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Madden Bill To Rectify Adult Guardianship Issues Between States Signed Into Law

TRENTON – Legislation sponsored by Senator Fred Madden (D – Gloucester, Camden) that will establish uniform procedures to address interstate conflicts regarding adult guardianship issues has been signed into law.

“For too long confusion has reigned regarding this issue. Arguments and questions over which state had jurisdiction have simply delayed the more important issue of establishing guardianship and protective orders. This law will remedy all of that and is, frankly, long over due,” said Madden.

The bill, known as the “New Jersey Adult Guardianship and Protective Proceedings Jurisdiction Act,” (S1755) will establish that a New Jersey court will have jurisdiction to appoint a guardian or issue a protective order for a person if: New Jersey is that person’s “home state”; on the date the petition is filed New Jersey is a state with a “significant connection”; or if the home state and all significant connection states have declined jurisdiction.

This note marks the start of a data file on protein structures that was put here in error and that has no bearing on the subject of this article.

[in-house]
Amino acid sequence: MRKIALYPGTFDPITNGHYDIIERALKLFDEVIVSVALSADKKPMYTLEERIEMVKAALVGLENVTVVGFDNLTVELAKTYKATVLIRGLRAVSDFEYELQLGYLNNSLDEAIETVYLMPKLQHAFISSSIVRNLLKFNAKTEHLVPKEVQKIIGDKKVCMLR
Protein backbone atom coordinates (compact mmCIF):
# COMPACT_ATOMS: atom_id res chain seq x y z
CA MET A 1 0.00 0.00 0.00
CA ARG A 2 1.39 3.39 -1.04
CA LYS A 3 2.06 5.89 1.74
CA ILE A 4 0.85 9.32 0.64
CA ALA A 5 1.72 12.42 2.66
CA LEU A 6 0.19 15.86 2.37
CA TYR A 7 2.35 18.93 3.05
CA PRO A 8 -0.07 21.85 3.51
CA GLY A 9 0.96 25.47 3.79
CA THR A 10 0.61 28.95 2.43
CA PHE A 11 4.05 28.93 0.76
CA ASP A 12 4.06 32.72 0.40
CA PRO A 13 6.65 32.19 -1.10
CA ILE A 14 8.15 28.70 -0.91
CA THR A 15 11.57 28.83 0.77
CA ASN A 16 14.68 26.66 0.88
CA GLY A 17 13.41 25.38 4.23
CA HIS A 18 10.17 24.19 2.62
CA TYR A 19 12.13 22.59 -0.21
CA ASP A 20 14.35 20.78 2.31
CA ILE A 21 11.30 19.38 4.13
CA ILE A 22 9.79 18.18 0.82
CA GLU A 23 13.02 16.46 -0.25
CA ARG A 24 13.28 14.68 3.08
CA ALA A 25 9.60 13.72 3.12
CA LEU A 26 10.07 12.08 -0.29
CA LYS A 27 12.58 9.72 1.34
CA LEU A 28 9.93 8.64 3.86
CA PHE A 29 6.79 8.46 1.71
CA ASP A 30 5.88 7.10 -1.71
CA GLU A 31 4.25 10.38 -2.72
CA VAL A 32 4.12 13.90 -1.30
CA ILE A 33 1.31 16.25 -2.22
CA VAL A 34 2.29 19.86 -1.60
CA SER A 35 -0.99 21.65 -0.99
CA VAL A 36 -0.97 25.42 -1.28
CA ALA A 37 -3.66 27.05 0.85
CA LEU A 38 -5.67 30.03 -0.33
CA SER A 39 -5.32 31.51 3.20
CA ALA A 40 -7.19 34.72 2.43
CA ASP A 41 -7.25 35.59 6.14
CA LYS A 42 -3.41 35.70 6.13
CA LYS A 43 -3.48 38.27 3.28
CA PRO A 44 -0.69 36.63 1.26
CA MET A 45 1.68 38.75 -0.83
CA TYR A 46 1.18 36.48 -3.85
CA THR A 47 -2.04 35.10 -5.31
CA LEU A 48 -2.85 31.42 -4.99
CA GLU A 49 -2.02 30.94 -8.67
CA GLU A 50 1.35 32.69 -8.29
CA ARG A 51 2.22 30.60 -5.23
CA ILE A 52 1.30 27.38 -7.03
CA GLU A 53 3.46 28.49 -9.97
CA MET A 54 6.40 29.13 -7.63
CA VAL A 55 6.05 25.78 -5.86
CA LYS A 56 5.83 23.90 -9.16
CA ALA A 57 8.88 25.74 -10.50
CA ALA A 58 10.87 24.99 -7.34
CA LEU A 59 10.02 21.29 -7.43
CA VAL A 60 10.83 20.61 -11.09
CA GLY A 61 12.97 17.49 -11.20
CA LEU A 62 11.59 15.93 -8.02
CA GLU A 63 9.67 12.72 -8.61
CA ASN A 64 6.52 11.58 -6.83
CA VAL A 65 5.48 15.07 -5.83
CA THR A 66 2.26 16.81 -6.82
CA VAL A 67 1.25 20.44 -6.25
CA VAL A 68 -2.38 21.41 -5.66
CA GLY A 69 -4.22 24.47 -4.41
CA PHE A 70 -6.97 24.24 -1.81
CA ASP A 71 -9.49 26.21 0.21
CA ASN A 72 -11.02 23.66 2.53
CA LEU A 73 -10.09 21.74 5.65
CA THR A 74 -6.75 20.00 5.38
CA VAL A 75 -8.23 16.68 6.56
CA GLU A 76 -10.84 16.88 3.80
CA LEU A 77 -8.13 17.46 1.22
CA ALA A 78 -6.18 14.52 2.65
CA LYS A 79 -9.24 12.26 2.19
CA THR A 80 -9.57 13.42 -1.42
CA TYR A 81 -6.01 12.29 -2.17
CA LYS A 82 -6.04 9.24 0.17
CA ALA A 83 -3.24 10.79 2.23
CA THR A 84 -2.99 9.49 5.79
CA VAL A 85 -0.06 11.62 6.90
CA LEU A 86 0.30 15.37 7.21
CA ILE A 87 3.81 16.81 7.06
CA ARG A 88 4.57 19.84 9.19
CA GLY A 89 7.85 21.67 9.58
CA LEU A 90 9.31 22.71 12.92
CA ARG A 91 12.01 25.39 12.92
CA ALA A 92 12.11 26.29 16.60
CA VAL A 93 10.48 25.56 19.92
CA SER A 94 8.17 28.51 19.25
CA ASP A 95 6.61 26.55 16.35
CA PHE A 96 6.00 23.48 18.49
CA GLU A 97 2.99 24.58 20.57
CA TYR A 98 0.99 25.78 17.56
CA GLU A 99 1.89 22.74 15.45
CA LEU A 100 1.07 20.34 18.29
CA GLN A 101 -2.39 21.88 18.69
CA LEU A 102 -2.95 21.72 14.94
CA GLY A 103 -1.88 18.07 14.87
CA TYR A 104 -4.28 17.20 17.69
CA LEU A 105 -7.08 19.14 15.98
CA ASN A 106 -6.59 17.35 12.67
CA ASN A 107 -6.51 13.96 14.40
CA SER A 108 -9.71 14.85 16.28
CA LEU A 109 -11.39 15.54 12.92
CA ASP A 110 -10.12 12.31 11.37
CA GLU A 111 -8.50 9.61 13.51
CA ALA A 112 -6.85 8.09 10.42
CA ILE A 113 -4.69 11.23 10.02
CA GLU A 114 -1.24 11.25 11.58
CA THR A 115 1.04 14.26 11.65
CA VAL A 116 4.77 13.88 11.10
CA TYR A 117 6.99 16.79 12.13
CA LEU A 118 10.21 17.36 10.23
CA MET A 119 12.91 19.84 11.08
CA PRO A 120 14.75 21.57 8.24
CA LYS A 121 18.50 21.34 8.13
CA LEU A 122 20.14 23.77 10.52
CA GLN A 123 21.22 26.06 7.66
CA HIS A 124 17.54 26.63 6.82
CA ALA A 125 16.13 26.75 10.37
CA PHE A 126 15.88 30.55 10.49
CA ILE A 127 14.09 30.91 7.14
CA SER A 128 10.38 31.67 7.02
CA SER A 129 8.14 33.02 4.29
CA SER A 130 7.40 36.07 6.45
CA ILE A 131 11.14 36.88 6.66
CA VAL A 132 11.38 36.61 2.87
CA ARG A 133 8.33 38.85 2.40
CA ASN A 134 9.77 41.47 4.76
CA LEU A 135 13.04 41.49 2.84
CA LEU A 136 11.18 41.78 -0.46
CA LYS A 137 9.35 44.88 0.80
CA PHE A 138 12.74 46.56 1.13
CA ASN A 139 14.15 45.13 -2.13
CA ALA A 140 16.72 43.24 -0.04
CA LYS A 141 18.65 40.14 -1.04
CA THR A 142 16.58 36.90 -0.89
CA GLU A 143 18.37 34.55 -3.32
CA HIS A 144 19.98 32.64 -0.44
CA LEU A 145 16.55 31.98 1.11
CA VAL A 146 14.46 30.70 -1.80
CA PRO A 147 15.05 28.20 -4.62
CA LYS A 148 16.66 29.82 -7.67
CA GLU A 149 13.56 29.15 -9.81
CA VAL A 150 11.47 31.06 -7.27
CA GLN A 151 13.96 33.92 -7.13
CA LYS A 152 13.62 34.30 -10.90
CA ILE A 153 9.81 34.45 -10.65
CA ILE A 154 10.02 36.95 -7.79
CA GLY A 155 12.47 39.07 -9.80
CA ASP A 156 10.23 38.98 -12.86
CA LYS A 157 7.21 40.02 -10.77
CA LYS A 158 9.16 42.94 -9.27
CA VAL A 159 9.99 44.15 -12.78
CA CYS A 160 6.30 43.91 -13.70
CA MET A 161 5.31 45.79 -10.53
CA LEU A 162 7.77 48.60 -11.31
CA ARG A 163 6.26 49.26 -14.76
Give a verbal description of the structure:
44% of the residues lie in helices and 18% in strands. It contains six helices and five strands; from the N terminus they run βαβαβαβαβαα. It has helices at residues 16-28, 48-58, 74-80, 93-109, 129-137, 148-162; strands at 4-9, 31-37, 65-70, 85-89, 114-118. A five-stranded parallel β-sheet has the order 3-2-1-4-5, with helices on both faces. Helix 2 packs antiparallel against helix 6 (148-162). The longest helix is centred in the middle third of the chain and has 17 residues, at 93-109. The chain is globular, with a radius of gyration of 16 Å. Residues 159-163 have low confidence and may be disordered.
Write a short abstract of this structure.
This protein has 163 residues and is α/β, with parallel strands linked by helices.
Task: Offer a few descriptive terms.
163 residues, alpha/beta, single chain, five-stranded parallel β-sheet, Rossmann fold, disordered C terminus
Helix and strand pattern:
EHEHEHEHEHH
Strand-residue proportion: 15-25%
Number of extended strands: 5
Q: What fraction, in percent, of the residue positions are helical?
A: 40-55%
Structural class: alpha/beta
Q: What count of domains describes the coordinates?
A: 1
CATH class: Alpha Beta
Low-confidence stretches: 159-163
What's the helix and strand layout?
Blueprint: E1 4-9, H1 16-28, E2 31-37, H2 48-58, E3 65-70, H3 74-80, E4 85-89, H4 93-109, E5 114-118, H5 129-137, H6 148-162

The law also sets forth procedures regarding the sharing of the information between courts concerning guardianship and protective proceedings. This information includes: testimony; evidence; evaluations and assessments; transcripts; and medical, financial, criminal or other relevant information.

The American Bar Association Commission on Law and Aging has found that these kinds of uniform procedures regarding guardianship can have a profound impact on reducing elder abuse. Elder abuse can include physical and sexual abuse, financial exploitation, psychological or emotional abuse, neglect by others, abandonment, and sometimes self-neglect.

Previously, there was no state law governing the jurisdiction, transfer and enforcement of adult guardianships and protective proceedings. The law is modeled after the “Uniform Adult Guardianship and Protective Proceedings Jurisdiction Act,” which was approved in 2007 by the National Conference of Commissioners on Uniform State Laws and which has been adopted in 30 states and the District of Columbia and has been introduced in seven others. The New Jersey State Bar Association Board of Trustees, Legislative Committee and Elder Law Section all endorsed S1755.

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